“But I’m not a detective. I was mixed up in one murder case because I happened to be at the Aquarium when a dead body appeared in the penguin tank upside down, and in another because I was having tea with the Inspector when he heard the alarm…”
So says Miss Hildegarde Withers when asked by her school’s principal, Waldo Emerson Macfarland, to investigate the murder of Anise Halloran, the school’s music teacher, a task which she’s already undertaken.
Any fan of spinster or grande dame sleuths, like Miss Marple, Jessica Fletcher, Mrs. Pollifax or Miss Silver, would enjoy the adventures of Miss Withers. She is a take-charge, no-nosense sleuth, given to sotto voce pronoucements, and she relies on her hunches, though in this story she feels her hunches are failing her. “In every case there’s an essential clue, pointing straight to the murderer. But if there’s one here, it’s like the purloined letter in Poe’s story—too obvious to be seen,” says Hildegarde.
The interesting thing about this mystery is that it virtually tells you who the killer is early on. It’s not directly stated, but Miss Withers doggedly seems to pursue one particular suspect. Not that there’s many suspects to be had. Sure there’s a school full of teachers, but readers are really only presented with four likely suspects. The how and why become far more intriguing and compelling reasons to read than the who. Although two clues did not seem to be as tidily wrapped up as they could have been, and the clue on the blackboard—the too obvious clue—seemed obtuse and a tad implausible.
With her usual sidekick laid up in the hospital—Inspector Piper is coshed early in the story while investigating the school’s basement—Hildegarde teams up with Georgie Swarthout, “the sole remainder of a squad of ‘college cops’.” “This boyish, ruddy-faced youth was intensely loyal to the Inspector, and that under his flippant exterior he had a good working knowledge of half a hundred trades and tricks.”
Georgie takes a liking to suspect Janey Davis, the roommate of Anise, and he ably assists Hildegarde in discovering an important clue in the basement moments after the killer tries to off Miss Withers. Of Hildegarde, he says, “Schoolteachers rush in where detectives fear to tread…” A little hatchet wasn’t going to deter Miss Withers from nabbing the killer!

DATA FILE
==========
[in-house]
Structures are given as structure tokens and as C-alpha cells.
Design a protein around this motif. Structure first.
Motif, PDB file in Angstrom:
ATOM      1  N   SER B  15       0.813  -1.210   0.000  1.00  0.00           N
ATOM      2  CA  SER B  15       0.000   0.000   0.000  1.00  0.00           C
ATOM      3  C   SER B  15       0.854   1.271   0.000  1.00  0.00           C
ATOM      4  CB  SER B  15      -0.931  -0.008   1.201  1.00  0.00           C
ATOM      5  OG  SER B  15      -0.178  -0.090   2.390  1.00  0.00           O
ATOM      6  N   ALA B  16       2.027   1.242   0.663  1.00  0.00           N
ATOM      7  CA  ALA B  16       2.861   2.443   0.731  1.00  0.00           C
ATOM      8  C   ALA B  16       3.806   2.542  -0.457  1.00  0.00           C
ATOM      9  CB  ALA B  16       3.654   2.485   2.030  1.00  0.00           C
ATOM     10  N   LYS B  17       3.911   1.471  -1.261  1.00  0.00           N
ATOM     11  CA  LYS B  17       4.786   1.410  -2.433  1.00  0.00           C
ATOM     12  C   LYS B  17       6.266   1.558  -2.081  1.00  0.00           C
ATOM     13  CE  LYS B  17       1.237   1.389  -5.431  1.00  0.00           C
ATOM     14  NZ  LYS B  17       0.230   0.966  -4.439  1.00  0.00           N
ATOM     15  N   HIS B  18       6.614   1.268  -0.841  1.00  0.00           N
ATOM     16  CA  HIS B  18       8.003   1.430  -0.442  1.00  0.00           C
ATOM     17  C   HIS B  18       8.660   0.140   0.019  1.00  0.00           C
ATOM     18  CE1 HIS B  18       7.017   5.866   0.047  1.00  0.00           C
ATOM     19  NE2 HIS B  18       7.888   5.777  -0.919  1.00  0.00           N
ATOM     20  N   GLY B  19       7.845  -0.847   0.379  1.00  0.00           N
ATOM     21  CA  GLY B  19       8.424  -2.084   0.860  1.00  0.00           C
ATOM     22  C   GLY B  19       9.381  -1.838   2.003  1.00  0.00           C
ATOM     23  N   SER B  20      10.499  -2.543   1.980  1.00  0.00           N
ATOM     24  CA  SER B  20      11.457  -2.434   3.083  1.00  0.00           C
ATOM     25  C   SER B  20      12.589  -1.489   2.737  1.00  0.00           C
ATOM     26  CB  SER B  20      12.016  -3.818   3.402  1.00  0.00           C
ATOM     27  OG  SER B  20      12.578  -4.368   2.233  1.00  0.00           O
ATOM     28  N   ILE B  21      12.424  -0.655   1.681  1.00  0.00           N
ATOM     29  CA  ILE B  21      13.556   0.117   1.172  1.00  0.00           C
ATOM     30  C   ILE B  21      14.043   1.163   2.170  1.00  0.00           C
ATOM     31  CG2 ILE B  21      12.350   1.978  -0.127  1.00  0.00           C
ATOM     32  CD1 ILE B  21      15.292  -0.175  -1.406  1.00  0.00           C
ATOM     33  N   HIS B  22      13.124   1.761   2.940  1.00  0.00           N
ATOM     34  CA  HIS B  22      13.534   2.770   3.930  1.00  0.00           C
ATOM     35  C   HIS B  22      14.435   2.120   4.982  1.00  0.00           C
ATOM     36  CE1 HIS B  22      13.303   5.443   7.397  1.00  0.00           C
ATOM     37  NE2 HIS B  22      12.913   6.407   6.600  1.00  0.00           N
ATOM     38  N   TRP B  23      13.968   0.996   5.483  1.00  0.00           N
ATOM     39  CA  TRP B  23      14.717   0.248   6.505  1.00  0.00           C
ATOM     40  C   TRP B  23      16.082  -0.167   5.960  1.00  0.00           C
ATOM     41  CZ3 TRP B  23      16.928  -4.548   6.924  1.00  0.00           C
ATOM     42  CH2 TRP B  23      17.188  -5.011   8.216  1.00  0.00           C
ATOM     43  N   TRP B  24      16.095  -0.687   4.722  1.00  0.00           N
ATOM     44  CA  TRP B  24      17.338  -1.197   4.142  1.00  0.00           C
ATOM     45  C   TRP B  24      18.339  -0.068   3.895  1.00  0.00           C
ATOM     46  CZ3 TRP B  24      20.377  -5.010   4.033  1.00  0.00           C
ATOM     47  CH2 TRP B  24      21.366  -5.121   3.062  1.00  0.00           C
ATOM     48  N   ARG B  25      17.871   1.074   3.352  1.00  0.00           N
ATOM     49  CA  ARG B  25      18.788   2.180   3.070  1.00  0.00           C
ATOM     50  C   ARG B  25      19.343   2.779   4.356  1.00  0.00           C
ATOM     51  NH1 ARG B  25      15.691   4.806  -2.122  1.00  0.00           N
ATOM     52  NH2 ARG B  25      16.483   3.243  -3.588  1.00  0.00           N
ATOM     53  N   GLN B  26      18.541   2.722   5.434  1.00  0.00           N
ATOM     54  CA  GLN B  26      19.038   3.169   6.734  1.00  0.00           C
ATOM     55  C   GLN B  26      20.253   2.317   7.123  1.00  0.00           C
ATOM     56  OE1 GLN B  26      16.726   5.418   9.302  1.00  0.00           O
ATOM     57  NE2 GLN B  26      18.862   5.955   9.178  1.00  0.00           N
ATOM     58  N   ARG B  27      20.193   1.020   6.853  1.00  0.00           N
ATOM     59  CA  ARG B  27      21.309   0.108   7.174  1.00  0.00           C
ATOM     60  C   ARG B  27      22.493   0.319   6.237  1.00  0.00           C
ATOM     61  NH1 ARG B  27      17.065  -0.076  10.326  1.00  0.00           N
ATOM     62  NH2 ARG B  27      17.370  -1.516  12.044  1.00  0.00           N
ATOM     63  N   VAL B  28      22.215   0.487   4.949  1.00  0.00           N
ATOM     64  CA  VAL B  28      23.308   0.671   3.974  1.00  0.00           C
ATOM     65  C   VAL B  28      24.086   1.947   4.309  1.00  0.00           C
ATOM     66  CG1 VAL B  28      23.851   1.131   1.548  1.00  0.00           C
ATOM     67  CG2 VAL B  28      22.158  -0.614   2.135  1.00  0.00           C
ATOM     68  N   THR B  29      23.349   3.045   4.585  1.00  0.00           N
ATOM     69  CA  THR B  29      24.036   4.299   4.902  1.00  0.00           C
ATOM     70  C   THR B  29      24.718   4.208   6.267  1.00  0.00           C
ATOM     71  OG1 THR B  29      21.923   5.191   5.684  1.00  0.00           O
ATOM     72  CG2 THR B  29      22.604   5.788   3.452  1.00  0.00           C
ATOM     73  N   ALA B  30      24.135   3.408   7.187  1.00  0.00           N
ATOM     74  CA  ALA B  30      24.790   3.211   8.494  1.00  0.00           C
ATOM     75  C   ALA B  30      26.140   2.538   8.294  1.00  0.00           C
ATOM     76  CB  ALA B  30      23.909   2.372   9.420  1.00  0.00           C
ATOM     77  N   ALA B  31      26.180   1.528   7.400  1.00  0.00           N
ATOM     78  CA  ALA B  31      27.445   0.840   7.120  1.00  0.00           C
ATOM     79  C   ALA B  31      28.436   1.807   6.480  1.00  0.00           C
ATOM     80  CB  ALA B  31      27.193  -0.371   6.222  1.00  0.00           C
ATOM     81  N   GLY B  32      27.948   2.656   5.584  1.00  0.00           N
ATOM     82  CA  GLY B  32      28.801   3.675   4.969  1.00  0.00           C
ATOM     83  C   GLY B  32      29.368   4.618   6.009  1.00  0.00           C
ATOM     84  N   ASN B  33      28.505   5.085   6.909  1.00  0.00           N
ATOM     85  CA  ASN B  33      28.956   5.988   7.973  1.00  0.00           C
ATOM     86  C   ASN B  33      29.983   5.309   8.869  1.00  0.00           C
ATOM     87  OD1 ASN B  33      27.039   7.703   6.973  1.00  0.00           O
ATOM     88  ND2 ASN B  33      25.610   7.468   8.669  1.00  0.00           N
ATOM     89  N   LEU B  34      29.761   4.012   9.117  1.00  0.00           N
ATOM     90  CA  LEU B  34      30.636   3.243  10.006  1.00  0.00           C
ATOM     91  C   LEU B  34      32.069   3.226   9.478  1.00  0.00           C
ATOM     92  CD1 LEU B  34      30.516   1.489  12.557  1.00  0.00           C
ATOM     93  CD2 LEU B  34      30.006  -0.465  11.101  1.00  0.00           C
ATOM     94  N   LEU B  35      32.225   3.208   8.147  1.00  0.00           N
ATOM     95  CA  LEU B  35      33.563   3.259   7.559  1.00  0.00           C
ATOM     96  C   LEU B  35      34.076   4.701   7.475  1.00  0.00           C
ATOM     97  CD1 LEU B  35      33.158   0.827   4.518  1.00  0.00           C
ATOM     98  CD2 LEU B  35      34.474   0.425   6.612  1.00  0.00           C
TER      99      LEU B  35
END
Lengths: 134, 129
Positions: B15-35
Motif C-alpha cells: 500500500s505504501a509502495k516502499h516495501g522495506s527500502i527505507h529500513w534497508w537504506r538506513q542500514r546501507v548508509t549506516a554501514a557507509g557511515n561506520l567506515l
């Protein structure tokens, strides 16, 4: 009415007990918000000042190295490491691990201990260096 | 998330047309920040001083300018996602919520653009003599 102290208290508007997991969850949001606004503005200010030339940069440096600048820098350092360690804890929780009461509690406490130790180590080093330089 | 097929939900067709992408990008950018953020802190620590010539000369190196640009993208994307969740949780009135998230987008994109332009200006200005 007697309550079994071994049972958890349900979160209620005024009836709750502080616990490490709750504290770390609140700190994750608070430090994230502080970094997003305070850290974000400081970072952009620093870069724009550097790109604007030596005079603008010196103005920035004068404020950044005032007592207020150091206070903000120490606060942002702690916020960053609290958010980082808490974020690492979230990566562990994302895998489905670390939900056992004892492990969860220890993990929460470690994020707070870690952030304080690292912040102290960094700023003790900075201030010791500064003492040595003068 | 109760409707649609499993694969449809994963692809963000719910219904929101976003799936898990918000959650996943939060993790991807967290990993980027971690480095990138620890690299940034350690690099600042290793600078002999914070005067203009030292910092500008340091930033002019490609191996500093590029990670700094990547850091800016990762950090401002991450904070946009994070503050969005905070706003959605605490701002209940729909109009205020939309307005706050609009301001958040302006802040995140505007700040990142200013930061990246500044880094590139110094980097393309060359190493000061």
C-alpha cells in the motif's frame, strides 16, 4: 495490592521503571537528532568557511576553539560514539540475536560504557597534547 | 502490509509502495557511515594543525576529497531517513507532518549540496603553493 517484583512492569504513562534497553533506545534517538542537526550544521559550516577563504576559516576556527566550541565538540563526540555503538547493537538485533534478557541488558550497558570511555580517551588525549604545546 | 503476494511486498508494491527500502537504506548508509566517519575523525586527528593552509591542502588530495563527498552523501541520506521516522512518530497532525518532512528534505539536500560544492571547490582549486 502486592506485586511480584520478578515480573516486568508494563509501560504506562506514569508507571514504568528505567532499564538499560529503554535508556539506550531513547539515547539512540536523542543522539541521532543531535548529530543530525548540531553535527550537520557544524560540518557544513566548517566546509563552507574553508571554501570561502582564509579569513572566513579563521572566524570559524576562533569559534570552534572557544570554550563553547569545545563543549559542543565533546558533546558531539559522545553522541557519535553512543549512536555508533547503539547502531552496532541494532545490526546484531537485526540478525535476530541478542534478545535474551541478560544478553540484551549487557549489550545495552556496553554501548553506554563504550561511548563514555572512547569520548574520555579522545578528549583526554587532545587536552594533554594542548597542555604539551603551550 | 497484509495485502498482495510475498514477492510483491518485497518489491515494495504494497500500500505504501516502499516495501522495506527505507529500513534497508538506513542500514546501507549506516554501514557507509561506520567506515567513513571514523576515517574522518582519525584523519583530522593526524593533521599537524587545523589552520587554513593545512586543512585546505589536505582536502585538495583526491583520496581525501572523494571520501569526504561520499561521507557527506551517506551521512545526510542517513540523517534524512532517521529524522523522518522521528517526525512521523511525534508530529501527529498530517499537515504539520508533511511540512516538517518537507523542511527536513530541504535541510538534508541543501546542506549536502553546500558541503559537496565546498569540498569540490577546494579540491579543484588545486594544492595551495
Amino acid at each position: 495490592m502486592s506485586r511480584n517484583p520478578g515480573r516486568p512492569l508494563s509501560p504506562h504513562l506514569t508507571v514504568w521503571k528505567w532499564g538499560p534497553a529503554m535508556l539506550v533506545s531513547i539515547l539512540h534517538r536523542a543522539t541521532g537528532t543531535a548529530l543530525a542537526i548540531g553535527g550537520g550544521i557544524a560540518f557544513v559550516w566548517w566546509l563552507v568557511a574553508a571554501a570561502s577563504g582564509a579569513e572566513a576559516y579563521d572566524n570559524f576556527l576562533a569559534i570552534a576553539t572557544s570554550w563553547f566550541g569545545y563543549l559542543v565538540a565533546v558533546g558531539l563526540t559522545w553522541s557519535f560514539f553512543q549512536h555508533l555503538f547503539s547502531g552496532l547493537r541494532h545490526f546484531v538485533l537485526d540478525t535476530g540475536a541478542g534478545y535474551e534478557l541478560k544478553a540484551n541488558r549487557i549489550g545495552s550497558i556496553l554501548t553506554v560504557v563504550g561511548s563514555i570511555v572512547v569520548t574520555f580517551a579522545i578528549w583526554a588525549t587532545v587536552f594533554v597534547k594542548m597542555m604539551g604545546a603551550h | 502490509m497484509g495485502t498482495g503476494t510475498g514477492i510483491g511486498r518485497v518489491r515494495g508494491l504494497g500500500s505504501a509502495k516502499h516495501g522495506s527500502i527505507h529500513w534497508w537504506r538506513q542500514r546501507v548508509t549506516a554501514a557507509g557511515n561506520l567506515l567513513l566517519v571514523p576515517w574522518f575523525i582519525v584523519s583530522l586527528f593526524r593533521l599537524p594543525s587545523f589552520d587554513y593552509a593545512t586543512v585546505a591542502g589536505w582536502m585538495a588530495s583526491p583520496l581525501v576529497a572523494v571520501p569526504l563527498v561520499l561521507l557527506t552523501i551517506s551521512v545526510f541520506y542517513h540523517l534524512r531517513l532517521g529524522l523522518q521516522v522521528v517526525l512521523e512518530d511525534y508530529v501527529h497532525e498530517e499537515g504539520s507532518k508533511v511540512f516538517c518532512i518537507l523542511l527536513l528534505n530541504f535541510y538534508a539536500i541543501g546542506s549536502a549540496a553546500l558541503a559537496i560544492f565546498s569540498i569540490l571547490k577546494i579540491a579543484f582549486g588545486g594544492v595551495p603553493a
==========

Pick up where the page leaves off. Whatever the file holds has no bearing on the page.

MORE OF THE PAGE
Murder on the Blackboard does show its age. Particularly, the police interrogation of the janitor will strike today’s readers as archaic and cringeworthy. But the novel is an excellent window of life during what was then contemporary Prohibition. The idea of married women being considered unsuitable for teaching is galling, but the low opinion of psychoanalysts of the times provides much humor.
Perhaps the most laugh out loud moment is when Hildegarde outwits a visiting Viennese quack..er, psychoanalyst and criminology expert. Professor Pfaffle gathers all the suspects at the school and instructs them to repeat their movements on the day of the murder exactly. Then he’s dumbfounded when, after coercing Miss Withers to show him the basement, all the suspects have left the school! Says Miss Withers, “Your own instructions, if you remember, Professor… Teachers go home at three-thirty…”
Murder on the Blackboard, the third book in the series, was first published in 1932. Two years later, it was filmed by RKO. For more details, see this previous post. Stuart Palmer (1905 – 1968) wrote 12 novels featuring Hildegarde Withers, and served as President of the Mystery Writers of America, 1954-55. He collaborated with another mystery author, Craig Rice, on the short story collection, People vs. Withers and Malone, in 1963, which featured Rice’s lawyer detective J. J. Malone along with Miss Withers.
The edition I read (pictured above) is a 1988 Bantam paperback. Though many classic mysteries can be difficult to obtain, this one and many other Miss Withers books are still available through Rue Morgue Press. Give it a try! Ask at your local library, bookstore, or search on Amazon.